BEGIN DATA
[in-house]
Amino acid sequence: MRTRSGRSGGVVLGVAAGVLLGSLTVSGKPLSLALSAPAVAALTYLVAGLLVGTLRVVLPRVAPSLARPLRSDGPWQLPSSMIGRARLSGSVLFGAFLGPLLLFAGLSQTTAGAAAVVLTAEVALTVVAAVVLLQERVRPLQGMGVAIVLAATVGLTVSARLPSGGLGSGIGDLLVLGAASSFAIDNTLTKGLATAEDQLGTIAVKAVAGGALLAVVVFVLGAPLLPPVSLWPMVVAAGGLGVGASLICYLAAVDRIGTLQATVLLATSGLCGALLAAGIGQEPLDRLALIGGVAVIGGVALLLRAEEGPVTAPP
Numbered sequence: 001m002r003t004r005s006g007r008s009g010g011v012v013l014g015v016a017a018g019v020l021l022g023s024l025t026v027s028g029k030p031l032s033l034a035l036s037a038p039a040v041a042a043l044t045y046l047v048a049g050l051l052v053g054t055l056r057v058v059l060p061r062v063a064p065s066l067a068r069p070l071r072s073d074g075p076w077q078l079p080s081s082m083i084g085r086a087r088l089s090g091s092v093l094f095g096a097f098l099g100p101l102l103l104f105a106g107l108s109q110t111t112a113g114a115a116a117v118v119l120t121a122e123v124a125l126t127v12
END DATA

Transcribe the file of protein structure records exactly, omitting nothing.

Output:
[in-house]
Amino acid sequence: MRTRSGRSGGVVLGVAAGVLLGSLTVSGKPLSLALSAPAVAALTYLVAGLLVGTLRVVLPRVAPSLARPLRSDGPWQLPSSMIGRARLSGSVLFGAFLGPLLLFAGLSQTTAGAAAVVLTAEVALTVVAAVVLLQERVRPLQGMGVAIVLAATVGLTVSARLPSGGLGSGIGDLLVLGAASSFAIDNTLTKGLATAEDQLGTIAVKAVAGGALLAVVVFVLGAPLLPPVSLWPMVVAAGGLGVGASLICYLAAVDRIGTLQATVLLATSGLCGALLAAGIGQEPLDRLALIGGVAVIGGVALLLRAEEGPVTAPP
Numbered sequence: 001m002r003t004r005s006g007r008s009g010g011v012v013l014g015v016a017a018g019v020l021l022g023s024l025t026v027s028g029k030p031l032s033l034a035l036s037a038p039a040v041a042a043l044t045y046l047v048a049g050l051l052v053g054t055l056r057v058v059l060p061r062v063a064p065s066l067a068r069p070l071r072s073d074g075p076w077q078l079p080s081s082m083i084g085r086a087r088l089s090g091s092v093l094f095g096a097f098l099g100p101l102l103l104f105a106g107l108s109q110t111t112a113g114a115a116a117v118v119l120t121a122e123v124a125l126t127v12